Senior pastor of the Bruderhof and social critic Johann Christoph Arnold devoted a recent column on “Remembering the King” recently. No, not that King, but rather Elvis Presley. It might strike some as strange for a writer from a countercultural Christian community like the Bruderhof to be covering a mainstream cultural icon like Elvis (much less a blog devoted to Cardinal Ratzinger), but Christoph Arnold reminds all of us to look beneath the surface:
“Good” Christians often self-righteously dismiss celebrities because they are turned off by the glamour, fame, and excess that surround them. How many remember that behind the frenzied publicity and the scandals cooked up by tabloids is a vulnerable person with emotions—a real person with a heart—and not just a two-dimensional cardboard cutout?1
I had the opportunity to do just that earlier this year. Back in March, PBS television ran the documentary He Touched Me – The Gospel Music of Elvis Presley. Featuring plenty of live footage and interviews with close friends and gospel quartets that backed him up, it chronicles Elvis Presley’s spiritual roots in Southern gospel music and aspects of his life that are seldom publicized — like the fact that he insisted on singing “Peace in the Valley” during one of his appearances on the Ed Sullivan Show (some say it was to “tone down” his rebel image; the documentary claims it was on behalf of his mother), or that after concert performances he would invite his friends to join him in literally all night gospel singalongs.
Shortly thereafter I picked up a copy of “Amazing Grace”, a collection of Elvis’ religious performances (spanning a variety of genres — soul, country, rock, gospel), and I was hooked. The world will remember Elvis Presley for his rock and roll, but from all accounts it appears that there was nothing he enjoyed more than singing gospel. As Gospel Music Association President Frank Breeden recalls:
“After the shows he would routinely sing with the gospel quartets that were used as his backgrounders . . . It was the gospel music that he turned to for inspiration and consolation. He was a person who appeared to be in conflict; he was not doing what he loved for a living … he had a career that had just taken him captive.”2
Or as Cheryl Thurber writes of the “Million Dollar Quartet” (Carl Perkins, Jerry Lee Lewis, Johnny Cash & Elvis Presley) — the recording session at Sam Philips’ Sun Studios in Memphis:
. . . When those rising stars of rock ‘n’ roll sang together the songs they chose to sing were largely gospel songs. It was the shared repertoire that they all knew. They sang other songs as well, such as current rock ‘n’ roll and recent and older country hits, but they seemed to sing more complete versions of the gospel songs. With gospel songs they knew all the words, not just snatches of the choruses. . . . It is clear when listening to the session that Elvis was the dominant force that day — he was the one who started the singing of each song. It is also evident that he enjoyed the singing. This was Elvis having fun. 3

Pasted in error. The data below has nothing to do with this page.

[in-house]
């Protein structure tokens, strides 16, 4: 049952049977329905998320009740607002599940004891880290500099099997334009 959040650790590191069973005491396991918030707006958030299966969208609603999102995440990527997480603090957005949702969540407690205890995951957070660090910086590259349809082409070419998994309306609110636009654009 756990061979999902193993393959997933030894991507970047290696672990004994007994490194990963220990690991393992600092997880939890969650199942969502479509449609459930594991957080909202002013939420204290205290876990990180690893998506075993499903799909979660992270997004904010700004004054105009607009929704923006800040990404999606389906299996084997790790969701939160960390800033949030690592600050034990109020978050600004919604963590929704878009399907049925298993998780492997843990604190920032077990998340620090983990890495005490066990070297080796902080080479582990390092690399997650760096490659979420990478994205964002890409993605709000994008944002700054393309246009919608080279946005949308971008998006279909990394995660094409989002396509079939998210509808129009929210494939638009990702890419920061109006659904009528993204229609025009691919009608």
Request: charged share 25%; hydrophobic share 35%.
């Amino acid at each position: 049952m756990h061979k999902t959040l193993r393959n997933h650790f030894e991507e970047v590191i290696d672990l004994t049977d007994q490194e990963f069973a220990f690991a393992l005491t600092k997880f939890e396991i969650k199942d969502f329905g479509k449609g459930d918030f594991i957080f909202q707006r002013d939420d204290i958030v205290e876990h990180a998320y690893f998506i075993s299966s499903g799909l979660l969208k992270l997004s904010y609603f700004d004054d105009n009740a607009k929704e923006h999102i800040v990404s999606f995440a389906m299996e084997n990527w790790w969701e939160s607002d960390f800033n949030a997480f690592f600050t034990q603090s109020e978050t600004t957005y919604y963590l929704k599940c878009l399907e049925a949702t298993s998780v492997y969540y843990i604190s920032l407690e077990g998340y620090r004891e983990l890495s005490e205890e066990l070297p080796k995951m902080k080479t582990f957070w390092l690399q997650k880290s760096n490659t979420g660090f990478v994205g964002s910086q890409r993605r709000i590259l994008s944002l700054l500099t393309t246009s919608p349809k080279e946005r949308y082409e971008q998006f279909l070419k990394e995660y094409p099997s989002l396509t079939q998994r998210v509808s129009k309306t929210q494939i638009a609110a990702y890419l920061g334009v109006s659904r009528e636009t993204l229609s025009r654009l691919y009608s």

Of course, there are many who — not without reason — see Elvis Presley as the harbinger of moral decay and the corruption of America’s youth. (Fr. Jerry Pokarsky, for example, uses Elvis as a convenient metaphor for the narcissistic character of abuses in the post-Vatican II mass). 4 And by no means should one applaud every star(let)’s excursions into spirituality (I expect Christoph Arnold would have a much different reaction to Madonna’s dalliance with watered-down Kabbalah). But for all of his flaws, and the nature of his tragic demise, there is something about Elvis Presley which Christoph Arnold finds praiseworthy:
here was a unique individual struggling to find his true identity. I am certain that it was through this struggle that God gave him the humor, humility, and kindness that endeared him to millions of people. These traits were even more important than his music . . .
Elvis knew his shortcomings. He was an ordinary guy who battled all the normal temptations. But he also had a vision, as expressed in a comment he made to a reporter:
“I ain’t no saint, but I’ve tried never to do anything that would hurt my family or offend God…I figure all any kid needs is hope and the feeling he or she belongs. If I could do or say anything that would give some kid that feeling, I would believe I had contributed something to the world.”
In other words, for him, relationships were much more important than the glitter, fame, and money he is mostly known for.
I’ll close this little tangent with a quote I found — from an account of one fan’s encounter with Elvis (or rather, a close call with his limo). It may or may not be true, but it’s something I can easily envision coming from Presley:
“I know you consider me your king, but I am not worth dying for, there is a bigger King who is God whom you should be preparing yourself for.”
1. Remembering The King: The Soul behind the Celebrity, by Johann Christoph Arnold. Bruderhof.com.
2. Gospel Music and Elvis: Inspiration & Consolation, by Helyn Trickey. CNN.com. August 26, 2002.
3. Elvis & Gospel Music, by Cheryl Thurber. REJOICE! The Gospel Music Magazine. (1988).
4. Elvis Sightings in the Roman Rite, Catholic World Report January 2002.